The WHO Fumbles ‘Pandemic Preparedness’ for Coronavirus
Welcome Back to School in New York, Thorn Schwartz


Team Ronan
The Jamesons are always a team.

By Cathy Jameson

In trying to fix a major benefits issue last week, I learned that I was not listed as Ronan’s mother in the company’s system.  Instead of helping me, I was told that I was unauthorized to speak on my son’s behalf.  I wondered how that could be as I was the one who filled out, signed, and submitted the forms for him to be enrolled in their system.  After making some calls this week, I am pleased to share that that that major issue has been resolved.  I am now recognized as Ronan’s mom! 

In all the years I’ve had to speak up for my non-verbal son, it was the first time that someone had dared deny my role.  That denial caused further delays for a time-sensitive issue.  The other problem, which could cause serious consequences, has unfortunately not yet been resolved.  I’m still working on it and will continue to until Ronan gets what he needs.  I had to put those efforts on hold for one day this week though.  That day, we’d head back to the same hospital that Ronan was transported to by ambulance to last month.  This time, I’d be driving him myself. 

Ronan’s done well since he was discharged.  While healing, he’s gained back some weight and energy.  Happy to share that news, I looked forward to hearing what next steps the doctor thought he’d want to take at this follow-up appointment. 

This doctor wasn’t the same doctor who treated Ronan back in December.  The one who treated Ronan was very thorough and incredibly kind.  Before the new doc would get a chance to share his thoughts with me, he asked that I recap some of Ronan’s medical history and what had brought us to the hospital last month.  I shared as much as I thought relevant, and then I listened to him share what he knew.  He knew a lot!  It was clear that he took time to read through much of Ronan’s medical file.  He was aware of the other specialists we see and why.  He was knowledgeable of the type of care Ronan receives already and wanted to continue what was working without interruption.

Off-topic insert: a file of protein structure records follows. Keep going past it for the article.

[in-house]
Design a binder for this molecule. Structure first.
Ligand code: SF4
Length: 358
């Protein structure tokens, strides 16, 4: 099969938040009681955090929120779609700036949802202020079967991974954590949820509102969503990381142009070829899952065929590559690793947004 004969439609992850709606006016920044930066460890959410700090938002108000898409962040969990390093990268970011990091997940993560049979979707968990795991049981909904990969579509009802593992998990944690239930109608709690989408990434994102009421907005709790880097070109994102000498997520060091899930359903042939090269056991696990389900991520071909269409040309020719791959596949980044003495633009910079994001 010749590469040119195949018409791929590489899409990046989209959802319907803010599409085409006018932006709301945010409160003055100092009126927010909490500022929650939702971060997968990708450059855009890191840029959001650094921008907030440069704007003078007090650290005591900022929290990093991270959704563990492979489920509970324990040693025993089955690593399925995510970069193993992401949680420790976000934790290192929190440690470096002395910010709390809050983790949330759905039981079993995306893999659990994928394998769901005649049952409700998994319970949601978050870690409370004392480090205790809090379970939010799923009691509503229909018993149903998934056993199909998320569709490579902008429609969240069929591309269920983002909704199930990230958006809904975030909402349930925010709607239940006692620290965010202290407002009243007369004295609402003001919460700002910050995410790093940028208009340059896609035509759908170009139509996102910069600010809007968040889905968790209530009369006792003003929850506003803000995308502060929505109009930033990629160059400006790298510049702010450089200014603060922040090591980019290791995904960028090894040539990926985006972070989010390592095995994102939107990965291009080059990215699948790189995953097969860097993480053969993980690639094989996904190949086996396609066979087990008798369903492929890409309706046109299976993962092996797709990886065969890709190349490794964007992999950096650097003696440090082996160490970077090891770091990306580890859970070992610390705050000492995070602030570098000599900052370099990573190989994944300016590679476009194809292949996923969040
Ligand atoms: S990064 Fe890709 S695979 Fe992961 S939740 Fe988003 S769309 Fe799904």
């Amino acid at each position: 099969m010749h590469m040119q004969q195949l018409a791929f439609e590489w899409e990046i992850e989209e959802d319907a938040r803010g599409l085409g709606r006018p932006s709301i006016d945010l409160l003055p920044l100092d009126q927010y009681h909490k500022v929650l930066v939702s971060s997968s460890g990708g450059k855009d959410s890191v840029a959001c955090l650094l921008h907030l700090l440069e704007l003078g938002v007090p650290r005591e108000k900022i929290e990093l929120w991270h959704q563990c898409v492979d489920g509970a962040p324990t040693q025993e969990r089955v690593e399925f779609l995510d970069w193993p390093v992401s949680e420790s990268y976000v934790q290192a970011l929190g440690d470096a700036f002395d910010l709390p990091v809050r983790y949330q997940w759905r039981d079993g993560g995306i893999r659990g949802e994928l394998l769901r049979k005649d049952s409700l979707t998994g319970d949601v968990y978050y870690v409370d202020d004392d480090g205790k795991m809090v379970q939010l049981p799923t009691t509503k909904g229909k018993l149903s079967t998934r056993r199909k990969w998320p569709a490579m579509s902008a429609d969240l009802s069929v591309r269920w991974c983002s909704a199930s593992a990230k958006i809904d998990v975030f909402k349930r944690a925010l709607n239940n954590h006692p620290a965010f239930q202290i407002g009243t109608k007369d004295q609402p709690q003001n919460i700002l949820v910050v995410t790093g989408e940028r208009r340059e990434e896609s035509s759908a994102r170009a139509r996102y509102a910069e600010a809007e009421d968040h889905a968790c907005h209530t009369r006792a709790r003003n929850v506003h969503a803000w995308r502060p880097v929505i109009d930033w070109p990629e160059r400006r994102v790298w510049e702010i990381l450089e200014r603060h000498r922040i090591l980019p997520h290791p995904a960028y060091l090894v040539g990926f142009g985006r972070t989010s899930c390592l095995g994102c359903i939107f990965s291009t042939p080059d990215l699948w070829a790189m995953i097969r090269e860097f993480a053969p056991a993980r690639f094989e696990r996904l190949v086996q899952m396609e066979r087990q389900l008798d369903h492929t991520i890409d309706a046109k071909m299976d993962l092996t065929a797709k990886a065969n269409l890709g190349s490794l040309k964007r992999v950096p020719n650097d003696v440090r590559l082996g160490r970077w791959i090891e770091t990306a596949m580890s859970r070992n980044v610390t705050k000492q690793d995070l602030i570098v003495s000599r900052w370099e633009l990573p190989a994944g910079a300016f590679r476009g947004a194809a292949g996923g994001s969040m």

I got a good feeling this new doctor, so I eagerly listened to the treatment he wanted to propose.

Since my husband couldn’t join us that day, I took notes while the doctor spoke.  I stopped writing when the doctor shared that he wanted to bring in more specialist.  Reminding myself that adding specialists isn’t always a bad thing, I locked eyes with the doctor and asked him to tell me more.  He filled me in on who would also join the team and then gave me time to ask as many questions as I could think of.  A young resident, who had joined us in the exam room, stayed quiet for most of the conversation.  Soon, she’d be given time to interject her thoughts.  I appreciated that she, too, knew enough of Ronan’s history to understand how unique he was.  She brought up past diagnoses and past treatments and wondered if those may have contributed to the current problems Ronan’s dealing with.  I thanked her for bringing up what other doctors we’d seen elsewhere quickly dismissed.  I also thanked her for asking questions that others didn’t think to.

I’m always hopeful that we can ditch a specialty, but because Ronan’s complications are so complicated, we will be adding more to the team.  Added new people can be exhausting.  It’s new set of eyes looking my kid over.  It’s getting used to new personalities that I may not be ready to deal with.  It’s preparing for new attitudes also.  Having an attitude can be good but only if it’s a positive one.  We’ve had our fair share of negative ones, so I’m always apprehensive when I’m introduced to new medical staff.  Ronan will sometimes be anxious also.  I’m grateful that the people we met on Thursday were respectful and receptive about everything Ronan’s gone through.  He was comfortable enough that he signed directly to one of the people.  Instead of asking me for help, which he would normally do, he communicated to them.  That spoke volumes to me.   

We’re not out of the woods yet, but, together with these specialists, we’re putting together a better plan for Ronan.  Testing that has been ordered will need to be completed before we do anything new or different.  Even then, I was told not to be surprised if other specialists are consulted and later asked to join the team.  At this point, because I believe that Ronan would benefit from their expertise, I welcomed that.  So far, the collaborative effort is working.  We’re getting to see the right people, and they’re giving us time to weigh and consider multiple options.  From the sound of it, it’s not a one-size-treats all approach either.  We’ll have choices, including natural ones (vs. strictly prescribed medications) that could help us help Ronan.